Tips for a safe, pet-friendly road trip
Last updated: January 1
You do your best to keep people safe in your car — making everyone buckle up and avoiding distractions. But what happens when you bring your pet along for the ride?
If you're in an accident, any passenger could be injured, including an animal in the vehicle. When you're bringing your cat or dog on vacation, consider these tips for a safe, pet-friendly road trip.
Get your pet ready for the trip
Before your road trip, the American Veterinary Medical Association (AVMA) recommends taking your pet for some shorter trips, especially if they don't usually go for car rides. This can help them get used to the car and also help you determine if your pet experiences motion sickness. If he does, the AVMA suggests talking to your veterinarian about whether medication may help. If not, it may be better to leave your pet with friends or a pet care service while you're on the road.
Arrange for pet-friendly accommodations
Make sure your destination is pet-friendly, says the AVMA. If you'll be staying in someone's home, ask if your dog or cat is welcome, too.
If you'll be staying at a hotel, make sure that pets are allowed. Ask for specifics about their pet policies, as the AVMA says some hotels only allow animals under a certain size.
Keep pets secured
Not only can a cat or dog roaming around a car be a distraction to the driver, but an unrestrained animal can be injured and potentially injure you if there is an accident. says Condé Naste Traveler.
While in the car, keep pets in a crate or carrier that is well-ventilated and has enough room for your furry friend to comfortably stand, lie down and turn around. Secure the crate or carrier with a seat belt so that it won't slide or shift if you make a hard stop, says the American Society for the Prevention of Cruelty to Animals (ASPCA).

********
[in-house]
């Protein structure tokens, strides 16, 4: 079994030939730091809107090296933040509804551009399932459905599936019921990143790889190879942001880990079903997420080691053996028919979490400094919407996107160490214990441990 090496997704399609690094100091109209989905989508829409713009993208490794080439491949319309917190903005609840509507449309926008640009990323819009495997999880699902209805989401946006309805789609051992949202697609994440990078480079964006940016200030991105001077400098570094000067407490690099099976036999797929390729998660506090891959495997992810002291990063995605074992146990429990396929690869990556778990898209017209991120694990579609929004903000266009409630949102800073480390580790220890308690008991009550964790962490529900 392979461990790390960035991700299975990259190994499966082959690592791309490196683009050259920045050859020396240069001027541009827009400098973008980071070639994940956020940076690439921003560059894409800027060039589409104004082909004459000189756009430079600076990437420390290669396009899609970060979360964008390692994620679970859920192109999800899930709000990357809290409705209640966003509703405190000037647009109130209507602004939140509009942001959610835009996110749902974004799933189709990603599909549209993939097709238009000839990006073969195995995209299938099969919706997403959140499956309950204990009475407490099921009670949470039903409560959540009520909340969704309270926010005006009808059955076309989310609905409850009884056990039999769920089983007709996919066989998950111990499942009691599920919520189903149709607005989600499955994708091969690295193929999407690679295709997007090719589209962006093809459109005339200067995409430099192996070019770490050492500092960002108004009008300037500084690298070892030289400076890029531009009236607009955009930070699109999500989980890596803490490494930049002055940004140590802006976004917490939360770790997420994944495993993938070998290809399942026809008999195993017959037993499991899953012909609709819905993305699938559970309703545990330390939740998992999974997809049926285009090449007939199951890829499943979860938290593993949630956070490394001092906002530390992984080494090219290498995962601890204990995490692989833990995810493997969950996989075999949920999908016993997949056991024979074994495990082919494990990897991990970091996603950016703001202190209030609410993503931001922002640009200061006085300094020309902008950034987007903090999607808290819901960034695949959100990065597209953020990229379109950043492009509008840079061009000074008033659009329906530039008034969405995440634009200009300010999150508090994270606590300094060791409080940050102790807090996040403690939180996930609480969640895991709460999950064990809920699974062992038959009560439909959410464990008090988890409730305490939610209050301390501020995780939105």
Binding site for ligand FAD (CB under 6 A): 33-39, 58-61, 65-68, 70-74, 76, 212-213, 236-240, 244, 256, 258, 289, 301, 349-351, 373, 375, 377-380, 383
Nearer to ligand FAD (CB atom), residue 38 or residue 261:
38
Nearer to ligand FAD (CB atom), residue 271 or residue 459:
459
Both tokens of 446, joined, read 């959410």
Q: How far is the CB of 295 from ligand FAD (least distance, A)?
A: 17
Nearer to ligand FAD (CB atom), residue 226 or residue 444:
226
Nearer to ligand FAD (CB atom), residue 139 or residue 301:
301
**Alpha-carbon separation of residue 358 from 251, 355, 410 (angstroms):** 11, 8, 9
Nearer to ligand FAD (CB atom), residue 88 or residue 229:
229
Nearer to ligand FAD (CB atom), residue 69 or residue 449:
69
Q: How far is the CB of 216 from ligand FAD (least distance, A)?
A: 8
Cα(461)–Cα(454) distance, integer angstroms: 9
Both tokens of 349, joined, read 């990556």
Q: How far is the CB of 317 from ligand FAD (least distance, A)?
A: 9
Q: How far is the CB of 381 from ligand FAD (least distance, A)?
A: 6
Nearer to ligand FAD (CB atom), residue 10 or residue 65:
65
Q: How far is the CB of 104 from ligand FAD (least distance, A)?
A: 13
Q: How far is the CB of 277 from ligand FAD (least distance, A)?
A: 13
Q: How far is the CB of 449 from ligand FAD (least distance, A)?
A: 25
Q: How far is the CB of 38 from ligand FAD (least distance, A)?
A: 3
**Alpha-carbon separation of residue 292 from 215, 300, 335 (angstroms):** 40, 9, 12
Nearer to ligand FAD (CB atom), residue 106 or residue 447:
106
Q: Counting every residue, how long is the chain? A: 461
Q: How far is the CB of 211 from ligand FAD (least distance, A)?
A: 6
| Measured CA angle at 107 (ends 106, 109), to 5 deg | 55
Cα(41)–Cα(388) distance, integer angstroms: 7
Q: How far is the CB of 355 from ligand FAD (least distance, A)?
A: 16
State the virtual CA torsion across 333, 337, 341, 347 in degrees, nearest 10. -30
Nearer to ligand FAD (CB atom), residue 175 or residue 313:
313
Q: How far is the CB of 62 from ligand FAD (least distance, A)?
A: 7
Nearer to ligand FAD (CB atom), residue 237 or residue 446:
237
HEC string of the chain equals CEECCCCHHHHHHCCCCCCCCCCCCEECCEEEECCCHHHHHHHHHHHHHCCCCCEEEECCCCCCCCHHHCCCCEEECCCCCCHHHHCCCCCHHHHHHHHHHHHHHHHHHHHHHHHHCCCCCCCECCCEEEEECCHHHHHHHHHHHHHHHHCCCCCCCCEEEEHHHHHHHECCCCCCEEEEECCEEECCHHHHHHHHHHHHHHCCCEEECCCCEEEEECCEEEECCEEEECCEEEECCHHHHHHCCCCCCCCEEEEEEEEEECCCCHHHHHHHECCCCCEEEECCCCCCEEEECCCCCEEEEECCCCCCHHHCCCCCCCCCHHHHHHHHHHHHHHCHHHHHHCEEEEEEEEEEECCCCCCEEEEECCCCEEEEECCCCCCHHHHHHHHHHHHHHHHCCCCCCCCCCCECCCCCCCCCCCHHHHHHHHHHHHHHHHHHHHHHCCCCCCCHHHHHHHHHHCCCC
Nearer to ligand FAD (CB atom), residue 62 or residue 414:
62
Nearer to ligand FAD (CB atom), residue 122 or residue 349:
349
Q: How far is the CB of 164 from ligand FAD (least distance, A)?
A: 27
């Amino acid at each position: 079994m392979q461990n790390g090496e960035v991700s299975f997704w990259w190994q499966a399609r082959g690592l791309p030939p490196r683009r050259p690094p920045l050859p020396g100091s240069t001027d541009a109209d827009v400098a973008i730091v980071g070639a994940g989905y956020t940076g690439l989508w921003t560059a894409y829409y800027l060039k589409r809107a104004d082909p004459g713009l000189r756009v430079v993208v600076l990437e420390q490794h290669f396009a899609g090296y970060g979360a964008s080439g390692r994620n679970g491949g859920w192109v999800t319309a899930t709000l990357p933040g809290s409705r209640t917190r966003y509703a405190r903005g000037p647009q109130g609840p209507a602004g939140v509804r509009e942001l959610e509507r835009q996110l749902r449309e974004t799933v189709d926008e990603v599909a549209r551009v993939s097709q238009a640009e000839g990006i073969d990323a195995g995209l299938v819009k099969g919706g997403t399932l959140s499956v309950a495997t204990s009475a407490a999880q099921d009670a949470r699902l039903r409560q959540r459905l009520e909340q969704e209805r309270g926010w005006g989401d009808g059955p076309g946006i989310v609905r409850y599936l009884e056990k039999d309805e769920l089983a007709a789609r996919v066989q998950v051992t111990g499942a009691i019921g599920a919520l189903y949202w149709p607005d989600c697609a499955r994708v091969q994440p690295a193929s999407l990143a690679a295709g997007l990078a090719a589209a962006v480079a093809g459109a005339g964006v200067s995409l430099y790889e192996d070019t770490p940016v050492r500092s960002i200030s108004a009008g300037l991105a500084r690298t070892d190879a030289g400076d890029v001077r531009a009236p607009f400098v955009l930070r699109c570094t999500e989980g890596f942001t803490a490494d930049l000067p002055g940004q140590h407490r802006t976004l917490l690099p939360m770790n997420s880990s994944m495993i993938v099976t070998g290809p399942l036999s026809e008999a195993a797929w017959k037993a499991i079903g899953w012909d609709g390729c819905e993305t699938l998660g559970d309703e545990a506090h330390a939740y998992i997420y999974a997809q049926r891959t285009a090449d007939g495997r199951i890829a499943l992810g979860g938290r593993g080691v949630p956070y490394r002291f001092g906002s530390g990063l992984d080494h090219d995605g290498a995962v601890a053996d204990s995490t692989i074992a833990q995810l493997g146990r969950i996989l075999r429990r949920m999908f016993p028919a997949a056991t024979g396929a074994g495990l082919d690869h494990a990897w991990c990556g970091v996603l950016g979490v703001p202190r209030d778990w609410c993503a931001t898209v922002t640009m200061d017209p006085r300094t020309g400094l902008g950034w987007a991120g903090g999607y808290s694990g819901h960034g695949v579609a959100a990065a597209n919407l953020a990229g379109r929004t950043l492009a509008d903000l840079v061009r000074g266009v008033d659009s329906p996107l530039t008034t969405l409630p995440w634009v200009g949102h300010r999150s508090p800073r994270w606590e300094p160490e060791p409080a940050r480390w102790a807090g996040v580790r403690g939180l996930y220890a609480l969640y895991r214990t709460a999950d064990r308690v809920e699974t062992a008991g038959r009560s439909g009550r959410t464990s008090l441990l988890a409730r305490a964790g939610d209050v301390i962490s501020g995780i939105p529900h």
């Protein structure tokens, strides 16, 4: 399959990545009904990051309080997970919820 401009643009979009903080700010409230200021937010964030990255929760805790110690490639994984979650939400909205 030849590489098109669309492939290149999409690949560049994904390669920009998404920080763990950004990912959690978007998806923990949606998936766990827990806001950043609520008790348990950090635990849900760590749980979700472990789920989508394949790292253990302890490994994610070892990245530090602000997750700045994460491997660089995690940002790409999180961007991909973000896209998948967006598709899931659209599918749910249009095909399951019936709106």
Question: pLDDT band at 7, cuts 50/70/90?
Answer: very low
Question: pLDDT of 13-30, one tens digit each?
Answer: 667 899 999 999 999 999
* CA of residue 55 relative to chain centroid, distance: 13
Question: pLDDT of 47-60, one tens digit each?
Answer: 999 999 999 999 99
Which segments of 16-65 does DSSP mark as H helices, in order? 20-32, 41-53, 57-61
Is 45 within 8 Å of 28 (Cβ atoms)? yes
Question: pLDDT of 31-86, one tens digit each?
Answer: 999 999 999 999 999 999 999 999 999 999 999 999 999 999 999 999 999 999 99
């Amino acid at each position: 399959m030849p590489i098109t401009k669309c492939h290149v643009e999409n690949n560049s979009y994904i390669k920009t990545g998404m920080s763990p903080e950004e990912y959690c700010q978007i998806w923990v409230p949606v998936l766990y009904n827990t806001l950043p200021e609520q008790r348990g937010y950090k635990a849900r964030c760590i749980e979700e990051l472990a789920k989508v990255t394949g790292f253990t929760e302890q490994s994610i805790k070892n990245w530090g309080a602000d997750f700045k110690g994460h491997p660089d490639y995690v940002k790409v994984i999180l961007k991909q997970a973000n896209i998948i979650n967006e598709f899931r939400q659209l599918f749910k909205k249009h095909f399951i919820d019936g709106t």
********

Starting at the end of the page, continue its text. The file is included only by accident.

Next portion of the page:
If you do not use a carrier, the ASPCA recommends using a pet seat belt or harness attached to the car's seat belt. Cats typically do not do well in cars, however, so it is best to keep them in a carrier, says the Humane Society of the United States. Never put your pet in the front seat of a vehicle — even in a crate — as they could be seriously injured by an air bag during an accident.
Plan pit stops
Plan to stop every two to three hours to let your pet get a little exercise, drink some water and relieve himself, says the AVMA. Make sure pets have a collar, ID tag and a leash attached before you get them out of the car, says the Humane Society.
Pack a pet travel kit
According to the ASPCA, some of the items you'll need to pack for your pet include:
- Food, water and bowls (Consider using bottled water, as water from an area they're not used to could upset an animal's stomach.)
- Comfort items, such as toys and a favorite blanket
- Leash, collar and ID tag (Condé Nast Traveler recommends having your cellphone number on the tag and also making sure your pet is microchipped.)
- Waste supplies, such as a scoop, bags or litter and tray
- First aid supplies
- Grooming items, such as a brush
- Travel documents, such as a Certificate of Veterinary Inspection, and/or veterinary records, particularly if you're crossing state lines, says the AVMA
Be a responsible pet owner
Even on vacation, you're still responsible for taking care of and cleaning up after your pet. Do not leave your pet alone in the car, as this can lead to heatstroke in hot weather and hypothermia in cold weather, according to the AVMA. Give your pet time to acclimate to your temporary living space, and consider leaving them in their crate if you go out without them.
Traveling with your cat or dog can make a trip more memorable, but it's important to help keep pets safe and comfortable. With a little planning and preparation, you and your furry friends can road trip safely.